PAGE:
Kelly: Working for the American DreamWritten by Guest Author | | GuestAuthor@toledofreepress.com
Being the host of a morning show, one of the questions I get asked a lot is how we come up with the topics we discuss. Some of it is based on the things I overhear in public, but the majority of the ideas come from what happens in my everyday life. One of those everyday moments happened to me recently.
When we’re growing up, we’re taught to chase the American Dream. That is, basically, to get a job, get married, have kids and live happily ever after. I have no problem with getting a good job or getting married with kids. It’s the “happily ever after” part that I’m having a conflict with. I have reached every aspect of the so-called American Dream. I have a good job, three kids and a beautiful wife. Yet I find myself asking, “When is the happily ever after part going to start?”
Please don’t misunderstand me. I’m not saying I’m unhappy. I’m rather happy. What I am saying is that “happily ever after” isn’t something that’s automatic.
We’re basically promised in the American Dream that all we have to do is achieve the aforementioned goals and happiness will be bestowed upon us. Well, I hate to be the one to tell you this, but that’s nonsense. The truth is, your happily ever after only comes when you work for it, after getting what you worked so hard to get.
Think about this for a second.
To get a good job, you probably went to college and put in a lot of work. You worked your way up from the bottom and finally landed the job. Counting kindergarten, we’re talking 17 years of schooling and three or four years of working to get to the right spot in your chosen profession. That’s 21 years of work getting one part of your American Dream.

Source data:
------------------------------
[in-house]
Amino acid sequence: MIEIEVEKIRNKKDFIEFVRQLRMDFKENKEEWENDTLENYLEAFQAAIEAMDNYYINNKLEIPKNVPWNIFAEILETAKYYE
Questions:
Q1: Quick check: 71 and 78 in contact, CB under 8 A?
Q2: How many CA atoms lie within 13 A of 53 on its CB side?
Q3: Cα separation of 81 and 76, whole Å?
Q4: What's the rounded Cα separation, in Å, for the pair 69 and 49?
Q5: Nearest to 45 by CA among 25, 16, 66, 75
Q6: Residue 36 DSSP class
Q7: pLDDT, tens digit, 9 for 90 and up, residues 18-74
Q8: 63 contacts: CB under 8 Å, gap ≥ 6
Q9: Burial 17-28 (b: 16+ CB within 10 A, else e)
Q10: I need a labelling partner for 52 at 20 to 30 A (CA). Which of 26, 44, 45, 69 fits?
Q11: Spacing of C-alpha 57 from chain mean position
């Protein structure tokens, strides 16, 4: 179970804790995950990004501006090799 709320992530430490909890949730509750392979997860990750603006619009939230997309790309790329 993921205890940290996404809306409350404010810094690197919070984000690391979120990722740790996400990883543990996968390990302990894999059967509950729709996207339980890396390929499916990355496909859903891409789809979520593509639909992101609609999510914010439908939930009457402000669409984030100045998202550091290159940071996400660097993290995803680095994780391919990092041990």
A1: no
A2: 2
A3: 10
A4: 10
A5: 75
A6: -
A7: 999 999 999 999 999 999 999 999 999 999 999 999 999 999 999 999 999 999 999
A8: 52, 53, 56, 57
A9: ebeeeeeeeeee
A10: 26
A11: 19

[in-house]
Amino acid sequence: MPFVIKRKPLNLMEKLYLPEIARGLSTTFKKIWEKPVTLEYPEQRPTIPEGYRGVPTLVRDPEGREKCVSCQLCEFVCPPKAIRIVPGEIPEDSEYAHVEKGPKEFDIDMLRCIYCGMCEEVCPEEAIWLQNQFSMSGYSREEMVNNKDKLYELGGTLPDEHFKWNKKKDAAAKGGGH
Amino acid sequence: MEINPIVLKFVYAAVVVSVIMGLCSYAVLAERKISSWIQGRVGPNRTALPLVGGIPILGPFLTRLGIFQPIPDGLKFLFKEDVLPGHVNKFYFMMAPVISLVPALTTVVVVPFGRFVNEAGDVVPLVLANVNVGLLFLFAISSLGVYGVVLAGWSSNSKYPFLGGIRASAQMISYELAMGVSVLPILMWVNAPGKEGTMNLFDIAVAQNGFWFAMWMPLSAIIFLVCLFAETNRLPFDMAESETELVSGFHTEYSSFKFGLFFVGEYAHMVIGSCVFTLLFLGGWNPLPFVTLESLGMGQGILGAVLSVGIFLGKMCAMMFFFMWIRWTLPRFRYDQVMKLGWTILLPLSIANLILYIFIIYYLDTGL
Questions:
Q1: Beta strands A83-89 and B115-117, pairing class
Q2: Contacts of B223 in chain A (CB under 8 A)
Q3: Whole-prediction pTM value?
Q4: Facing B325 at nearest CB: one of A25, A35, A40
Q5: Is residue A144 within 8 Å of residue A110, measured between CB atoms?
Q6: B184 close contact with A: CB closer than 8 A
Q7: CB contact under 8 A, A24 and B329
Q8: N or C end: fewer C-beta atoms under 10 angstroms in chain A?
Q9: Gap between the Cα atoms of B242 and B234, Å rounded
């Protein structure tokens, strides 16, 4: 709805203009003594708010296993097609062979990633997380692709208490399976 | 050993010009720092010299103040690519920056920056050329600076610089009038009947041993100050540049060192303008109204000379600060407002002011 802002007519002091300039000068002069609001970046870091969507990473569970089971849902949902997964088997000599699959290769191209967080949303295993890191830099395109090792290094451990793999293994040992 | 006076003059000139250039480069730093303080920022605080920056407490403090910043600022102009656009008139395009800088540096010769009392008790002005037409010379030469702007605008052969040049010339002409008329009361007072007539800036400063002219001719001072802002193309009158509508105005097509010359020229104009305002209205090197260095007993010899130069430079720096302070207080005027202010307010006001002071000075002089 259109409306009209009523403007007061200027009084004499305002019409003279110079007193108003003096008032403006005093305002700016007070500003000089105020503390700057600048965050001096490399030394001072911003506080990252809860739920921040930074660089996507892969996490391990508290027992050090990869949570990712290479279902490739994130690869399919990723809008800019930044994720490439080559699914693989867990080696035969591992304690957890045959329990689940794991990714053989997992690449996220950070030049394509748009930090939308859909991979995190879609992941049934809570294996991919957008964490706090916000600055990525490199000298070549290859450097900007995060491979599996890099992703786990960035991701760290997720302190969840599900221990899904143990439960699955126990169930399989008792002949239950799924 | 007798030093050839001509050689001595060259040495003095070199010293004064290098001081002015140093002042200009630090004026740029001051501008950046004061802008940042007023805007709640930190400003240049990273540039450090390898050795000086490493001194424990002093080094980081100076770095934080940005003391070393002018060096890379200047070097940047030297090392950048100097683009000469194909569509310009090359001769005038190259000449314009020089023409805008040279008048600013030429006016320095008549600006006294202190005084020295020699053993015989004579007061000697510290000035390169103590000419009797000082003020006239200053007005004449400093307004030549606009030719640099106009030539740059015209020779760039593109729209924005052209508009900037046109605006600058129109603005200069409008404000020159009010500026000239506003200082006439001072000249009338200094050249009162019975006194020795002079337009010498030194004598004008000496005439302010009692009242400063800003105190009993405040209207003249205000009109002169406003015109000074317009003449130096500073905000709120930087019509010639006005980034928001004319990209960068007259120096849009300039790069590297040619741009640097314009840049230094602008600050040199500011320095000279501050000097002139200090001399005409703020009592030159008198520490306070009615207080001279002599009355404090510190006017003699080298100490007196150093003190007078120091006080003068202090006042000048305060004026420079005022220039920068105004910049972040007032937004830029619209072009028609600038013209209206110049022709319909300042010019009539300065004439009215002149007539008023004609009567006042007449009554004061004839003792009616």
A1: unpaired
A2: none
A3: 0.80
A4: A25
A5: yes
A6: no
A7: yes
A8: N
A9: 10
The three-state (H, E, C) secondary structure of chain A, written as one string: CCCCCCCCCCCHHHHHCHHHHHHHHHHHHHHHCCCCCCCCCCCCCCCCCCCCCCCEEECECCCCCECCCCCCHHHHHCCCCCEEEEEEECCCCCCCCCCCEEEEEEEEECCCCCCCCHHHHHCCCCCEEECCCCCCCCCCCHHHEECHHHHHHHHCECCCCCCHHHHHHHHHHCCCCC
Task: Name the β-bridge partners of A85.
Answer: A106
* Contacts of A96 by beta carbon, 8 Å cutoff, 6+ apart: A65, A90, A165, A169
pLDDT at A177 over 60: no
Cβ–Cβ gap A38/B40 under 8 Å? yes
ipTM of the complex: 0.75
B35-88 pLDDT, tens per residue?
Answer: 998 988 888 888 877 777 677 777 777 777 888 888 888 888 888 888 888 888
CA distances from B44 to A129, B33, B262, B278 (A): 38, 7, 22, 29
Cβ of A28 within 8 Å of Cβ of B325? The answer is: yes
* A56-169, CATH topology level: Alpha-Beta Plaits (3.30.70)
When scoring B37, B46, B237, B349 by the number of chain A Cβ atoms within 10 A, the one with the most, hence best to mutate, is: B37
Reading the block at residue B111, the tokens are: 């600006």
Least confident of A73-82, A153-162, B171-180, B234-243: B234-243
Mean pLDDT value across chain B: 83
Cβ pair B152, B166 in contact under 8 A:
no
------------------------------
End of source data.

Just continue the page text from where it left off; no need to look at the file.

For your significant other, you undoubtedly put in time learning how to be comfortable with yourself and dating multiple people before finally settling down. Starting at your average age of dating (15), and ending at the average age to get married (28), that’s 13 years of work.
For your 2.5 kids, well, for some of us it takes longer than others. Without getting into a debate, let’s say they are five years of work.
Congratulations. You’ve accomplished all there is in life. You’ll now be happy for the rest of your life.
What makes you think that after all the work you put in to get that job, the husband or wife, and those beautiful kids that you’re done? The “work” hasn’t even set in. This is the beginning.
I really believe that this is one of the biggest problems plaguing us as a society. We tend to think that if we work hard to get something we want, once we get it, we don’t have to work hard anymore. No. This is why the things you’ve worked so hard to get haven’t lasted. We need to start teaching our kids — and ourselves — that we need to work even harder once we get what we want out of life.
We need to continue to impress our boss by coming up with unique ideas. We need to show that without us, they’re lost. We need to be desired by our significant other. We need to impress them by showing them how much we need them. We need to constantly show that we love them. We need to be as excited to see our kids as we were the first time we saw them. We need to show them the love and patience we promised we’d show them when they were first born.
Once people start to realize that a goal isn’t accomplished just because you achieved it and it’s something that needs to be pursued forever, we’ll be better people. We’ll have jobs we don’t lose to outsourcing, spouses who don’t leave for lack of attention and kids who grow up knowing that we love them more than life itself. Isn’t that the American Dream?
Sid Kelly is the host of “The Morning Rush” weekday mornings on 92.5 KISS-FM.